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Surviving a Chemical Attack in the Kurdish Conflict

Dublin Core

Title

Surviving a Chemical Attack in the Kurdish Conflict

Subject

Anfal Campaign, Iraq, 1986-1989.
Chemical weapons -- Iraq.

Description

Oral history video clip featuring Asad Gozeh, Kurdish survivor of the Al-Anfal Campaign. This video was originally produced by Media Entertainment, Inc., for the 2000 documentary The Genocide Factor.

Creator

Media Entertainment, Inc.

Source

Genocide Factor Collection, Oral History Program, Tampa Library, University of South Florida, Tampa, Florida.

Publisher

Tampa, Fla. : University of South Florida, Tampa Library.

Date

1999-11-20

Contributor

Gozeh, Asad
Saunders, Pamela

Relation

G36-00045
Tape Number: 4113G

Format

video / mp4

Language

English

Type

Oral History

Coverage

Iraq.
Kurdistan.

Oral History Item Type Metadata

Interviewer

Saunders, Pamela

Interviewee

Gozeh, Asad

Transcription

The goats that I saw was during the first gas usage on the village of Shaikh Wassan. I survived, as I say, the first chemical attack. I had -- my brother was affected very badly. About 200 people, we were at the top of the mountain hiding. I had to take care of six people. I went down to where I was living and got some bread and some food that I had and packed it in my bag, and carried it and went back to where they were living.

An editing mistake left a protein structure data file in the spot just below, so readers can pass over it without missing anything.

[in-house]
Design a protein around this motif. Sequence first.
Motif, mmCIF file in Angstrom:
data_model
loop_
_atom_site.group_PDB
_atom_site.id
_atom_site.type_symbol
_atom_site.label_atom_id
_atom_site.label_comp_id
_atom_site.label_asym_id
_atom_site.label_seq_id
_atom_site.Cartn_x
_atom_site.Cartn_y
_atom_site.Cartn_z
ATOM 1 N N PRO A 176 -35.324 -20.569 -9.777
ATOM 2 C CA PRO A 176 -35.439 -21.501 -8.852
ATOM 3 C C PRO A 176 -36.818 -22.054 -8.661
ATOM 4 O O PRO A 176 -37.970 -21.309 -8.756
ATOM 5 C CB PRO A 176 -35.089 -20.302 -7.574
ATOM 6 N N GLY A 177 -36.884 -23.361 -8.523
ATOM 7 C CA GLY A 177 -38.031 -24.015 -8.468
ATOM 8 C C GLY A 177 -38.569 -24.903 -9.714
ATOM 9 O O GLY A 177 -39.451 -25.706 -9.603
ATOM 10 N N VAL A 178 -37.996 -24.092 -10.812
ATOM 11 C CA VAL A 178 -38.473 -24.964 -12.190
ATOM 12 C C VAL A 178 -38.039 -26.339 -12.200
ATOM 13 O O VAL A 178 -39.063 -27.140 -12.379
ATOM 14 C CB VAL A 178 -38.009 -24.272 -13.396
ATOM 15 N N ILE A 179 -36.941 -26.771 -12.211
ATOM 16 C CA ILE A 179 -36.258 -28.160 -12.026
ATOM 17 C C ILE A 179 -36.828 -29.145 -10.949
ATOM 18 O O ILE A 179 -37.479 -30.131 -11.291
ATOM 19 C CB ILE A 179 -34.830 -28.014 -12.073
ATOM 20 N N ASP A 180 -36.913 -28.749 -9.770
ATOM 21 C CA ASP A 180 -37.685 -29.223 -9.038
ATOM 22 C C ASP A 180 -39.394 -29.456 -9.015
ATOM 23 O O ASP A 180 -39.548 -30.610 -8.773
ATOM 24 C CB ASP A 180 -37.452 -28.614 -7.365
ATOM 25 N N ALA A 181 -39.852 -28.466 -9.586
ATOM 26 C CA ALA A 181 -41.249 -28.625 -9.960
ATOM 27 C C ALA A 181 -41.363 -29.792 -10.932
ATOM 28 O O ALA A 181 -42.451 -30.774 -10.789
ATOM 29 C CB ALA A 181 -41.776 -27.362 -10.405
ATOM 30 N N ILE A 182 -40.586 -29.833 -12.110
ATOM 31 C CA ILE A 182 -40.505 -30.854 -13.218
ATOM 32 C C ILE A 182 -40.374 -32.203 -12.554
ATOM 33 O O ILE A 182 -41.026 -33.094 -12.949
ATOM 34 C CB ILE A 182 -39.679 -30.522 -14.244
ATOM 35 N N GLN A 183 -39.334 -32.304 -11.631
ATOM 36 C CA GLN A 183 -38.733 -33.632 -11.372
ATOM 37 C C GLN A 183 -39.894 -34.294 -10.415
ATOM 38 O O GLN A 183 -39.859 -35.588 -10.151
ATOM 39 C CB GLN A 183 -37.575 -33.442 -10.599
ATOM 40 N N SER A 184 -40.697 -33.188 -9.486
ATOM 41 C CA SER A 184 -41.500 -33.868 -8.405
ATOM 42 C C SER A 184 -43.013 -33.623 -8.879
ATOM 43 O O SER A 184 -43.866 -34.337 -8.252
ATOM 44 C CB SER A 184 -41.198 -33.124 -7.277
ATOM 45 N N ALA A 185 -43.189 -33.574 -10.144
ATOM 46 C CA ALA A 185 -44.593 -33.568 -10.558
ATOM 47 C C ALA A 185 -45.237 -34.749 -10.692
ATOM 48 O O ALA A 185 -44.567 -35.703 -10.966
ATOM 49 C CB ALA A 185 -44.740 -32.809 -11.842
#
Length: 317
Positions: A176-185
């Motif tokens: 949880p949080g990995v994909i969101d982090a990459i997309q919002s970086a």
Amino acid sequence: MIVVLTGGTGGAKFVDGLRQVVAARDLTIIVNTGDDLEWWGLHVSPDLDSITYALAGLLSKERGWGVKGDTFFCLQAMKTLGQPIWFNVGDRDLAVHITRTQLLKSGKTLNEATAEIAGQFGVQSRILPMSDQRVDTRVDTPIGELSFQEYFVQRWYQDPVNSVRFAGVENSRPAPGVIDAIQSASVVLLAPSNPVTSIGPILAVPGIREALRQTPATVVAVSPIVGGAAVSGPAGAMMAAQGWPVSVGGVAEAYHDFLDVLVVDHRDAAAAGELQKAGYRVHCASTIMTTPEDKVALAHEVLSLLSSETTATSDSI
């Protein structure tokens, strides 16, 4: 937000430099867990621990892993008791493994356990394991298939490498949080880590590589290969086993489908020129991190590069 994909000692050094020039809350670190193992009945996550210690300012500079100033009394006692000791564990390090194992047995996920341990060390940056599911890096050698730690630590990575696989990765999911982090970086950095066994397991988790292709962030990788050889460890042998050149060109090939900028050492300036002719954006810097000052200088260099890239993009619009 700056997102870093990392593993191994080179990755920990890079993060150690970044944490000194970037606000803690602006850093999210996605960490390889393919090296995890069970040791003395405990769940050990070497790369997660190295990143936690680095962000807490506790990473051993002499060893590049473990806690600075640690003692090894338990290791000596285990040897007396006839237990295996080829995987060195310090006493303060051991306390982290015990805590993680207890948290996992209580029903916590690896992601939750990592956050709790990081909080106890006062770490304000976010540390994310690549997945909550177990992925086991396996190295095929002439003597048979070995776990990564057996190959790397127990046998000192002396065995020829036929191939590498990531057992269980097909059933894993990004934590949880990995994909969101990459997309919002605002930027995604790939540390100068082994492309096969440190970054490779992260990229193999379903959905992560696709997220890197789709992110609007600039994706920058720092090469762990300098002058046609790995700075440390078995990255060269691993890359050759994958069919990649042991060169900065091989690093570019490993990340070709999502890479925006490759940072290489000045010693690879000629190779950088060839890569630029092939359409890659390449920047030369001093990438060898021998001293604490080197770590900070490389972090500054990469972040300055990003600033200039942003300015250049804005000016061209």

After the third day, there was at the same time a campaign, a military campaign, coming through the valley. They killed the survivors. They burned the villages that were there; there was forty-two villages in that valley. They destroyed every single village by bulldozers, razed them to the ground, and then killed the survivors, arrested them, and they were buried in a mass grave. We found it out in September of '91, the mass grave for them.

I went down to the village. I saw couple goats in the village. The goat had a baby. And because the mustard gas makes affect the weak parts of the body -- the eyes, the armpits, and for the goat the eye was the first thing that got affected. So both the mother and the baby goat were blind. They were calling each other, but they could not reach each other. I can't forget that scene. What's the fault of the animals?

The problem with mass destruction weapons is that they don't distinguish between birds, human being, and civilians and fighters and animals. They kill everything. They kill anything breathing.

Original Format

Beta tape

Duration

2:34

Citation

Media Entertainment, Inc., “Surviving a Chemical Attack in the Kurdish Conflict,” USF Library Special & Digital Collections Exhibits, accessed September 18, 2019, http://exhibits.lib.usf.edu/items/show/363.

Geolocation